Yesterday marked the 128th anniversary of one of the world's greatest economists and champions of liberty, Ludwig von Mises. Mises always stuck to his principles, even when the world around him became a dangerous and intolerant place. He accurately predicted the problems caused by inflation and central economic planning, including the Great Depression.
George Reisman, an excellent economist himself and former Mises student, wrote this tribute to him three years ago.
Mises was not primarily anti-socialist. He was pro-capitalist. His opposition to socialism, and to all forms of government intervention, stemmed from his support for capitalism and from his underlying love of individual freedom and conviction that the self-interests of free men are harmonious—indeed, that one man’s gain under capitalism is not only not another’s loss, but is actually others’ gain. Mises was a consistent champion of the self-made man, of the intellectual and business pioneer, whose activities are the source of progress for all mankind and who, he showed, can flourish only under capitalism.Mises is well-known for his critique of Socialism because it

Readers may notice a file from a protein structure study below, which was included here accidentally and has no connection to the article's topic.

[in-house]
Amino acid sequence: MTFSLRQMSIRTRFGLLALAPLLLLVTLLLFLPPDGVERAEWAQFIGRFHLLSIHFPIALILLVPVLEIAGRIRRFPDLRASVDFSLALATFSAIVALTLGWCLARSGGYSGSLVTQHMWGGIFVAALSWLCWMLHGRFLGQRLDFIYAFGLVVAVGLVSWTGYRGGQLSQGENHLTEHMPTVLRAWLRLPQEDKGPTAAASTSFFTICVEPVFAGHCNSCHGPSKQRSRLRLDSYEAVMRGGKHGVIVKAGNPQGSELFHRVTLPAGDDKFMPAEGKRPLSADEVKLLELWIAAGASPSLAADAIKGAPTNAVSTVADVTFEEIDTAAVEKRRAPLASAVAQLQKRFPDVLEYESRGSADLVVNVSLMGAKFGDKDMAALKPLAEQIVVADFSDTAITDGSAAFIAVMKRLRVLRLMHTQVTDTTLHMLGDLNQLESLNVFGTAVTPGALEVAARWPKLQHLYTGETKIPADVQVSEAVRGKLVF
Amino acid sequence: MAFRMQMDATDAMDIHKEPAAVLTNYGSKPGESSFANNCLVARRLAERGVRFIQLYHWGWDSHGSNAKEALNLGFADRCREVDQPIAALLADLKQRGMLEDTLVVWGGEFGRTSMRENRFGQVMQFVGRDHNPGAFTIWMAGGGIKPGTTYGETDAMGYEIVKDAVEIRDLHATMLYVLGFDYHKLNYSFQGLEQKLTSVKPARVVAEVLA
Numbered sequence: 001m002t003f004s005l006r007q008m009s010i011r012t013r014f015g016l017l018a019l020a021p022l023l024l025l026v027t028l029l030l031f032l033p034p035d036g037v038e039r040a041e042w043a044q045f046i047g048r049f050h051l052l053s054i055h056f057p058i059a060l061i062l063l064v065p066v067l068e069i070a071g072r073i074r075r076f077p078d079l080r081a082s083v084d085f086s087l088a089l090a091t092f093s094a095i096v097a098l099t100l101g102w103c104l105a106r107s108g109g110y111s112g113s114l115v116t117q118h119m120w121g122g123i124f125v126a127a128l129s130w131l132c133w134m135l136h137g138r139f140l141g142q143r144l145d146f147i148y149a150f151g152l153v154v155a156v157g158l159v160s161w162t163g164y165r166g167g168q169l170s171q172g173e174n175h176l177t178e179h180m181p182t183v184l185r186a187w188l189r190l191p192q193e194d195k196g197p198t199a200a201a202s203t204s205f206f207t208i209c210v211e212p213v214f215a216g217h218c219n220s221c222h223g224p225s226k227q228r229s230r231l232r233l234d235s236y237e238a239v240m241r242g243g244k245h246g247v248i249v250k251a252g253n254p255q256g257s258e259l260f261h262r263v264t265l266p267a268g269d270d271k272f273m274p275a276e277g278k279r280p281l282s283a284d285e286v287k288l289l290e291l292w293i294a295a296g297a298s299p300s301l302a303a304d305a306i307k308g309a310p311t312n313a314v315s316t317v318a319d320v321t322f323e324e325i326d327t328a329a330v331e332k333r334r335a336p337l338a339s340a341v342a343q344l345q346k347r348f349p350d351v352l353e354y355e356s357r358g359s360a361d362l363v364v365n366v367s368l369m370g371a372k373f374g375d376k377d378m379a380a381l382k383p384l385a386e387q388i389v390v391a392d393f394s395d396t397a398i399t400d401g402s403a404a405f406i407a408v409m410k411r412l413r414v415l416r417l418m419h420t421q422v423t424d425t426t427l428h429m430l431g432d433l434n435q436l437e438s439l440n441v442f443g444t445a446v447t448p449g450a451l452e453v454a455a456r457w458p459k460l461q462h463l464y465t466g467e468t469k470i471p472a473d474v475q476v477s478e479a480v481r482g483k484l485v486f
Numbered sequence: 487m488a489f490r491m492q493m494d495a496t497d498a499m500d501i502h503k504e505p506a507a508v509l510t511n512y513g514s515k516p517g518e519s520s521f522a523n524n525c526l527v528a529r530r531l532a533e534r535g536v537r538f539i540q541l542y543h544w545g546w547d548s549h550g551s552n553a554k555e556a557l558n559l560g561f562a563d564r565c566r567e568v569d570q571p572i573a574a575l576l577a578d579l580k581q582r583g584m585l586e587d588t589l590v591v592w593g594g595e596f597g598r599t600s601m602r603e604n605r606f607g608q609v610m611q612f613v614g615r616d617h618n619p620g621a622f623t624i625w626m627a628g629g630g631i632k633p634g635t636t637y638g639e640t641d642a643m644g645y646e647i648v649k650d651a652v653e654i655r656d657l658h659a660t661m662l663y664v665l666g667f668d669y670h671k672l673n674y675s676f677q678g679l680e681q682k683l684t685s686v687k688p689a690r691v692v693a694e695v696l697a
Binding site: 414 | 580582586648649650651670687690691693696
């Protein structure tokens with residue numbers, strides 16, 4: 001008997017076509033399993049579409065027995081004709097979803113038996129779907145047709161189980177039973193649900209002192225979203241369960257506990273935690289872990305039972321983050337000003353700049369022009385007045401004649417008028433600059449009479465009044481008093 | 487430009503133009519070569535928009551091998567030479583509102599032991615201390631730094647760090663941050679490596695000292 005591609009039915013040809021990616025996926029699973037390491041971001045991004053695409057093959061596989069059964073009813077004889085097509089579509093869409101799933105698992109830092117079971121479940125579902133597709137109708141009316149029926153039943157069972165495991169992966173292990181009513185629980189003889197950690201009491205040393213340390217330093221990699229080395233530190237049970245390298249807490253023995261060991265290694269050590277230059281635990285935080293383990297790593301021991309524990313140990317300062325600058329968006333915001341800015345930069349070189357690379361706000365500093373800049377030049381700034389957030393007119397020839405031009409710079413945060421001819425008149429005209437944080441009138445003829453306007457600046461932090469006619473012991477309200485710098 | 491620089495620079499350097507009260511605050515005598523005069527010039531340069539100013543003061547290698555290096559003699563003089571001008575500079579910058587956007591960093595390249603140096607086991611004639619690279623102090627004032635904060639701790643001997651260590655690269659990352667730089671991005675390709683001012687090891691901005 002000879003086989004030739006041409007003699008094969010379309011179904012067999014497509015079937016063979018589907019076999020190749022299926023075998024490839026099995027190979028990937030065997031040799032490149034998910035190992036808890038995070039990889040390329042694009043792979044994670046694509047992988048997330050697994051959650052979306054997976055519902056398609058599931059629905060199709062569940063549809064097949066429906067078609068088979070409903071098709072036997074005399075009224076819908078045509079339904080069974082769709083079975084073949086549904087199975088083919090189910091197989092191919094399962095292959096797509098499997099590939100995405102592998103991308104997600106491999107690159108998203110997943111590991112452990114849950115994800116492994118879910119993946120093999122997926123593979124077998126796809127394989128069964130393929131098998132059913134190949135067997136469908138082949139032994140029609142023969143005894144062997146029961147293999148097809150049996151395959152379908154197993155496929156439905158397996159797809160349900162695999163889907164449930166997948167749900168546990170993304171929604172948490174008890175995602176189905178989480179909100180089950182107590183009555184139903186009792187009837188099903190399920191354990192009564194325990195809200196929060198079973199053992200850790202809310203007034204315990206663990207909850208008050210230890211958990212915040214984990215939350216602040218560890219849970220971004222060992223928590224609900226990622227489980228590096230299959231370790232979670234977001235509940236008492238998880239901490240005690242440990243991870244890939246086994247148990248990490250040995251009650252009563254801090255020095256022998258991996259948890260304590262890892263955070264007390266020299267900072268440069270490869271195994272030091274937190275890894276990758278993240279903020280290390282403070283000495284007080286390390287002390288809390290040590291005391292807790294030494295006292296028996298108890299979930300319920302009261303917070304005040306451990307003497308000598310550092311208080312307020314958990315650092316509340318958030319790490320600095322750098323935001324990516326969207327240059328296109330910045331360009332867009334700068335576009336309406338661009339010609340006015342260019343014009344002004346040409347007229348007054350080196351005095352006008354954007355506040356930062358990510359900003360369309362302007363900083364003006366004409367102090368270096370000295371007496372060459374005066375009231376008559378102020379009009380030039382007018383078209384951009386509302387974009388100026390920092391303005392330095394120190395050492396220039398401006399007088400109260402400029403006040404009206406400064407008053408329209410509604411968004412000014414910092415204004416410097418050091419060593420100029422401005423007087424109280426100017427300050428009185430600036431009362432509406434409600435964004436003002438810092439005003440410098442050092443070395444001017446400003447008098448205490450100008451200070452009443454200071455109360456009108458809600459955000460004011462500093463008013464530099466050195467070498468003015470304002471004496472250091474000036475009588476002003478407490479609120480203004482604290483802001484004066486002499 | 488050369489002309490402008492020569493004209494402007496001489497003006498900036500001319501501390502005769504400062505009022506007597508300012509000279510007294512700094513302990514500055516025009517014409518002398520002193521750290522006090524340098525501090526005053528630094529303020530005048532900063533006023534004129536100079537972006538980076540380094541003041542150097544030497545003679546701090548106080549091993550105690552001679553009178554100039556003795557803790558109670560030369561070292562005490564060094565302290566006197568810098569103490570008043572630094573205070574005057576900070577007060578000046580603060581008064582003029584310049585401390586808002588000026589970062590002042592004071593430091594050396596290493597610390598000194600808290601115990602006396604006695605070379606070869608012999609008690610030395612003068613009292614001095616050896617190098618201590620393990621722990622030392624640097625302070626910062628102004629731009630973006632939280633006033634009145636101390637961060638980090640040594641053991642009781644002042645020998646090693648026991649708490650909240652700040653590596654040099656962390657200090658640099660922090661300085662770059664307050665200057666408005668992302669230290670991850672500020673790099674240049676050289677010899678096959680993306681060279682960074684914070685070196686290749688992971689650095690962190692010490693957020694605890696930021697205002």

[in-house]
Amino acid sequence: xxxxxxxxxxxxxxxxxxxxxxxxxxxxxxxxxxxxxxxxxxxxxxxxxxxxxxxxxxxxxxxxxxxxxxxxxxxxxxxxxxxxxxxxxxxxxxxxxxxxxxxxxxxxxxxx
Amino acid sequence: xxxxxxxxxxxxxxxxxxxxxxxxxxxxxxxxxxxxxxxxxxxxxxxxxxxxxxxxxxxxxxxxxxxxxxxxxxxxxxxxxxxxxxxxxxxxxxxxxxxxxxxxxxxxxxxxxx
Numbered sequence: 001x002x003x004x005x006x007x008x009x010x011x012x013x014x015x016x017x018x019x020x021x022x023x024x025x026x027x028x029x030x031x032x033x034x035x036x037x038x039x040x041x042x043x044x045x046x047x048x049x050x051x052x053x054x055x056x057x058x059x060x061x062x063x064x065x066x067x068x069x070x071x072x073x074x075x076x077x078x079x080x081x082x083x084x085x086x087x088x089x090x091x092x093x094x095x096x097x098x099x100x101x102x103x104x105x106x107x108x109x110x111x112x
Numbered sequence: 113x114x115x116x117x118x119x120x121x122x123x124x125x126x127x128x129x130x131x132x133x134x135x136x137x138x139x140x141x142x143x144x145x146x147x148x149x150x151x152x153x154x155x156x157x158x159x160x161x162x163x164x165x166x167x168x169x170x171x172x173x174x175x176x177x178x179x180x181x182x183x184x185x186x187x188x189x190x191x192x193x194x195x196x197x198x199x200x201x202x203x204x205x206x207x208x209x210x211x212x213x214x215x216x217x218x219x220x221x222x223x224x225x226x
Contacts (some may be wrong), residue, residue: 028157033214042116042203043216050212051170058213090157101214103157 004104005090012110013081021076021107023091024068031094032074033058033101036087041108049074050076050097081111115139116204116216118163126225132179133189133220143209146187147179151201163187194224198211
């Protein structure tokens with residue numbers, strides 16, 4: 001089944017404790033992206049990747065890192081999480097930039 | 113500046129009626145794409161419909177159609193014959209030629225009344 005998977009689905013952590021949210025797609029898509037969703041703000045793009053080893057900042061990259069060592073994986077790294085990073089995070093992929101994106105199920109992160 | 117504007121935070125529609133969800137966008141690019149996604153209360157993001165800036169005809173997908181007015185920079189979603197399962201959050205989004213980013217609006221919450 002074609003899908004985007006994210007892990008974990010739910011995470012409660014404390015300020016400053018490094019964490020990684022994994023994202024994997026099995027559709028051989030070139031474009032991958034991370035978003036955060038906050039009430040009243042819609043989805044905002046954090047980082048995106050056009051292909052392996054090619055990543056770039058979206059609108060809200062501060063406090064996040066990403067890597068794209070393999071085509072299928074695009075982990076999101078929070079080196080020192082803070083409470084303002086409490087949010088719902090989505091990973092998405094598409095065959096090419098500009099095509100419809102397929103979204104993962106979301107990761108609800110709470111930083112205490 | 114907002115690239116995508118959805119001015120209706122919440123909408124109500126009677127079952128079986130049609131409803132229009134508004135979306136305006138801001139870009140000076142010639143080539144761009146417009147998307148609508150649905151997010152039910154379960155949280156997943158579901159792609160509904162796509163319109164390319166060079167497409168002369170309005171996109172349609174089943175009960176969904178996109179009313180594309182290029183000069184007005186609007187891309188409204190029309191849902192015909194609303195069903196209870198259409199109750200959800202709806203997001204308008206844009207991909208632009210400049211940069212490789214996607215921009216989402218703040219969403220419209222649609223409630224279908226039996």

not only abolishes the incentive of profit and loss and the freedom of competition along with private ownership of the means of production, but makes economic calculation, economic coordination, and economic planning impossible, and therefore results in chaos. For socialism means the abolition of the price system and the intellectual division of labor; it means the concentration and centralization of all decision-making in the hands of one agency: the Central Planning Board, or the Supreme Dictator.
We need people like Mises now more than ever before. Do you hear us knocking, Barry? Your propaganda will only go so far.